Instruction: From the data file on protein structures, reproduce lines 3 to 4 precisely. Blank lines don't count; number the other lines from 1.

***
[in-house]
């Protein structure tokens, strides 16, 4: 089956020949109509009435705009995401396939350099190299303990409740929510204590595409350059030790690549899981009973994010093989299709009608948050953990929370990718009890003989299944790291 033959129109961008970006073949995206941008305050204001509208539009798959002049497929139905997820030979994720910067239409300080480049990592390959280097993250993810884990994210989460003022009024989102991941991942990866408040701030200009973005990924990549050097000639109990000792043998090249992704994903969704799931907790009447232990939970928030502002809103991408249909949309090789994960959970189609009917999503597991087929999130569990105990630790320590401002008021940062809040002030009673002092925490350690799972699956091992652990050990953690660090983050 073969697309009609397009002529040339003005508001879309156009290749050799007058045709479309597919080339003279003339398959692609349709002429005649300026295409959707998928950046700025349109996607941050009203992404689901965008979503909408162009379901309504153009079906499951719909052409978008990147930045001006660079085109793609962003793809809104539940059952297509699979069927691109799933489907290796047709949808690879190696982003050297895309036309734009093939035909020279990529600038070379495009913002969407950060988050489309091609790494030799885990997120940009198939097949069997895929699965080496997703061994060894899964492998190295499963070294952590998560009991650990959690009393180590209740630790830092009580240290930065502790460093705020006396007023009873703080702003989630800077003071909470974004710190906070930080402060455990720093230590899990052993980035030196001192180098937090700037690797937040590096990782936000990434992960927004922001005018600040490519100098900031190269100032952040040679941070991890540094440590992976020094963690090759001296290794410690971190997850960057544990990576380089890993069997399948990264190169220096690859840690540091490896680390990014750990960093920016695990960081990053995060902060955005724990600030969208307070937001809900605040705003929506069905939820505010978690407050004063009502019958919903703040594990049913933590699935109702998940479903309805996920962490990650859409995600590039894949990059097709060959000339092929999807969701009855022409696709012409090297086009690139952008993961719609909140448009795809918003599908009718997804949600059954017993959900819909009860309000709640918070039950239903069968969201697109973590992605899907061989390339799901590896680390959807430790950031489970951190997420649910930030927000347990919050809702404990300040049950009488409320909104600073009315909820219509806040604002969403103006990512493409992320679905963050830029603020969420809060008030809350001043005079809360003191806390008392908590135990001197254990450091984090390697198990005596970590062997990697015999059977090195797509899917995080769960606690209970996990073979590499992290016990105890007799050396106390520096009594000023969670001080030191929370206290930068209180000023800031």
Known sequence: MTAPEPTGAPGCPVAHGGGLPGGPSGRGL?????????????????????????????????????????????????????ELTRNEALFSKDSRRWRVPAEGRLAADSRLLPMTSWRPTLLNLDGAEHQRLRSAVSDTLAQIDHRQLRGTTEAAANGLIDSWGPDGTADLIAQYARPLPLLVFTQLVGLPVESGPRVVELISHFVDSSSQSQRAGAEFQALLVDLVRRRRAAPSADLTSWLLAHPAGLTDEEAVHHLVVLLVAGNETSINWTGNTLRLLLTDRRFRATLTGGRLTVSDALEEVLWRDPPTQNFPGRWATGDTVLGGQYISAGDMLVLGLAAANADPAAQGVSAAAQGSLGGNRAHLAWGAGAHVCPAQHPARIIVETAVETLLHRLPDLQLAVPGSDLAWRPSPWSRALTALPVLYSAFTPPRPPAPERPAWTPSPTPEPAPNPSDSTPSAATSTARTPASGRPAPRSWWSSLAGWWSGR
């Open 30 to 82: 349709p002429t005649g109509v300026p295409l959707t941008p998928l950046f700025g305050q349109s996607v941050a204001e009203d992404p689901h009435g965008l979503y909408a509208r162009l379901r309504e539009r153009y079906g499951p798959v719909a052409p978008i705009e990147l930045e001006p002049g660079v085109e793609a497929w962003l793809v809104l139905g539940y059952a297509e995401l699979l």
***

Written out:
Known sequence: MTAPEPTGAPGCPVAHGGGLPGGPSGRGL?????????????????????????????????????????????????????ELTRNEALFSKDSRRWRVPAEGRLAADSRLLPMTSWRPTLLNLDGAEHQRLRSAVSDTLAQIDHRQLRGTTEAAANGLIDSWGPDGTADLIAQYARPLPLLVFTQLVGLPVESGPRVVELISHFVDSSSQSQRAGAEFQALLVDLVRRRRAAPSADLTSWLLAHPAGLTDEEAVHHLVVLLVAGNETSINWTGNTLRLLLTDRRFRATLTGGRLTVSDALEEVLWRDPPTQNFPGRWATGDTVLGGQYISAGDMLVLGLAAANADPAAQGVSAAAQGSLGGNRAHLAWGAGAHVCPAQHPARIIVETAVETLLHRLPDLQLAVPGSDLAWRPSPWSRALTALPVLYSAFTPPRPPAPERPAWTPSPTPEPAPNPSDSTPSAATSTARTPASGRPAPRSWWSSLAGWWSGR
């Open 30 to 82: 349709p002429t005649g109509v300026p295409l959707t941008p998928l950046f700025g305050q349109s996607v941050a204001e009203d992404p689901h009435g965008l979503y909408a509208r162009l379901r309504e539009r153009y079906g499951p798959v719909a052409p978008i705009e990147l930045e001006p002049g660079v085109e793609a497929w962003l793809v809104l139905g539940y059952a297509e995401l699979l």